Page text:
Baculovirus VP1054 protein is a structural component of both of the virion types budded virus (BV) and occlusion-derived virus (ODV), but its exact role in virion morphogenesis is poorly defined. In this paper, we reveal sequence and functional similarity between the baculovirus protein VP1054 and the cellular purine-rich element binding protein PUR-alpha (PURα).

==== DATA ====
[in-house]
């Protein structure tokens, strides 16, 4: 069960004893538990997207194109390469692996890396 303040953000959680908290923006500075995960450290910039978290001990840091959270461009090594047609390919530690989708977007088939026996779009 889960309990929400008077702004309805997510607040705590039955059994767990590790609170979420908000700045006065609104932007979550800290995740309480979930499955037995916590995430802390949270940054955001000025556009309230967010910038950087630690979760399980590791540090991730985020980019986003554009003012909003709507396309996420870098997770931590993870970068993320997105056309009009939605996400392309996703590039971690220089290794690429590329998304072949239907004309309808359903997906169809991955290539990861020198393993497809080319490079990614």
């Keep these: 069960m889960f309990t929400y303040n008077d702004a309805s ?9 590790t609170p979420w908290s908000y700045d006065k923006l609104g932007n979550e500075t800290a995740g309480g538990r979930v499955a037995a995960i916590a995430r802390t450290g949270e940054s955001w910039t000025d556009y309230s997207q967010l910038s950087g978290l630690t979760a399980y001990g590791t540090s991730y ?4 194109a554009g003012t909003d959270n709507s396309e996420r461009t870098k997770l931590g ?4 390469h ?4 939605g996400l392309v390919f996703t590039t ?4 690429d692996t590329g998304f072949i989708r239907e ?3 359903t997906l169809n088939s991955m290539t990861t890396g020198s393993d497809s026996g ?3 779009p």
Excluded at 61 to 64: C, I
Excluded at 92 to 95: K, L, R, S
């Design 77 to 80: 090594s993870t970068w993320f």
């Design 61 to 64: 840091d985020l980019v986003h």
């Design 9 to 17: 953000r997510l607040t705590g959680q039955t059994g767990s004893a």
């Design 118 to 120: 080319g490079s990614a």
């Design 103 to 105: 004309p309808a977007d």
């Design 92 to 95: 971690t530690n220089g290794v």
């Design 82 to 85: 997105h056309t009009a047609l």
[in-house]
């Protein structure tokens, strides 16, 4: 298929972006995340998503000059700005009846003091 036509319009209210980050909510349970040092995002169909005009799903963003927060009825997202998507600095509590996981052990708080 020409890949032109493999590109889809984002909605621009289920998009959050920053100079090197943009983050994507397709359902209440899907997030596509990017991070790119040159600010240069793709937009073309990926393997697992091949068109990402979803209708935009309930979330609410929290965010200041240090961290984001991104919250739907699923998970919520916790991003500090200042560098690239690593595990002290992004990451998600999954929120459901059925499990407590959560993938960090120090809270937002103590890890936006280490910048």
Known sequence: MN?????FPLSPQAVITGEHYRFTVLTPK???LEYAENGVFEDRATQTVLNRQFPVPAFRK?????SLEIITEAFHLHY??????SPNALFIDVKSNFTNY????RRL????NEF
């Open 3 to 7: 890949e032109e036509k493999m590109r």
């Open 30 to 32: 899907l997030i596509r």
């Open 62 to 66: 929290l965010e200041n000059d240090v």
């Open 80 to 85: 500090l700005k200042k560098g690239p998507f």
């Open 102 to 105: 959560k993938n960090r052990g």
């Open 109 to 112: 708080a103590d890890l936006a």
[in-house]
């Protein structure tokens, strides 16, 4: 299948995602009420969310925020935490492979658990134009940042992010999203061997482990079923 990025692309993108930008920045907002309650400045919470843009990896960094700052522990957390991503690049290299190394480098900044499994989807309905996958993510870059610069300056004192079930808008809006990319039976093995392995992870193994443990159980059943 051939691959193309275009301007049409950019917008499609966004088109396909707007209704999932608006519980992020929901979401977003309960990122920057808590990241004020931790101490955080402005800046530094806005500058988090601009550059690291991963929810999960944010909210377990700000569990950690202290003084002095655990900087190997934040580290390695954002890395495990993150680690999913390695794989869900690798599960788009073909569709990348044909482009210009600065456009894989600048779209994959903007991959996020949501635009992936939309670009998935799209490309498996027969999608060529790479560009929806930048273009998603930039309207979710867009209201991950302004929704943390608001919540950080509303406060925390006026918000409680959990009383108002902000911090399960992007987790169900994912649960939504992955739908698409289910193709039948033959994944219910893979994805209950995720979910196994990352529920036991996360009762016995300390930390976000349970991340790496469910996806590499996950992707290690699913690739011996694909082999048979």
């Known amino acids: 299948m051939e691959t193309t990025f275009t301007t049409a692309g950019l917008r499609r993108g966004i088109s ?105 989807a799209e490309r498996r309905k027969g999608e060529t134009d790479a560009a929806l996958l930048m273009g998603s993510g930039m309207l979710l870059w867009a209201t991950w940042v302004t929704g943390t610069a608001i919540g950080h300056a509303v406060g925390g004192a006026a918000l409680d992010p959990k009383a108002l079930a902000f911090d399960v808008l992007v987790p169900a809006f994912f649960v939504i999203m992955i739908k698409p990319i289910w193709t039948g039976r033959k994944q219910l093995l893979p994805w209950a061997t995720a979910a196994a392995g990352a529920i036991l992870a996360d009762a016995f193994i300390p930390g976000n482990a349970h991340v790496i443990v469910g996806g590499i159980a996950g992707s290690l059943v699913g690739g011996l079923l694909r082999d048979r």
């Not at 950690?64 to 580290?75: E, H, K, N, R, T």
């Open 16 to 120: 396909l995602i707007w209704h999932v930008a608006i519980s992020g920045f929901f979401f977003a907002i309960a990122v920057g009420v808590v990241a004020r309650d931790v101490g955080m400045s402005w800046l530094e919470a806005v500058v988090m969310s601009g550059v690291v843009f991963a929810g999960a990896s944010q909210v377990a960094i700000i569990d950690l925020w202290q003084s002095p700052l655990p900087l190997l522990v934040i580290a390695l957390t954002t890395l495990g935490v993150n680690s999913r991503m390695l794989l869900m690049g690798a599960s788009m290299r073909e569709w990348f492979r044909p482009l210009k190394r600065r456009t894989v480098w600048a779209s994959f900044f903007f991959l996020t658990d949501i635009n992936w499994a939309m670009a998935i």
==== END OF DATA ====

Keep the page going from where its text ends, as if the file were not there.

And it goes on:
The data strongly suggest that gene transfer has occurred from a host to an ancestral baculovirus. Deletion of the Autographa californica multiple nucleopolyhedrovirus (AcMNPV) vp1054 gene completely prevented viral cell-to-cell spread. Electron microscopy data showed that assembly of progeny nucleocapsids is dramatically reduced in the absence of VP1054. More precisely, VP1054 is required for proper viral DNA encapsidation, as deduced from the formation of numerous electron-lucent capsid-like tubules. Complementary searching identified the presence of genetic elements composed of repeated GGN trinucleotide motifs in baculovirus genomes, the target sequence for PURα proteins. Interestingly, these GGN-rich sequences are disproportionally distributed in baculoviral genomes and mostly occurred in proximity to the gene for the major occlusion body protein polyhedrin. We further demonstrate that the VP1054 protein specifically recognizes these GGN-rich islands, which at the same time encode crucial proline-rich domains in p78/83, an essential gene adjacent to the polyhedrin gene in the AcMNPV genome. While some viruses, like human immunodeficiency virus type 1 (HIV-1) and human JC virus (JCV), utilize host PURα protein, baculoviruses encode the PURα-like protein VP1054, which is crucial for viral progeny production.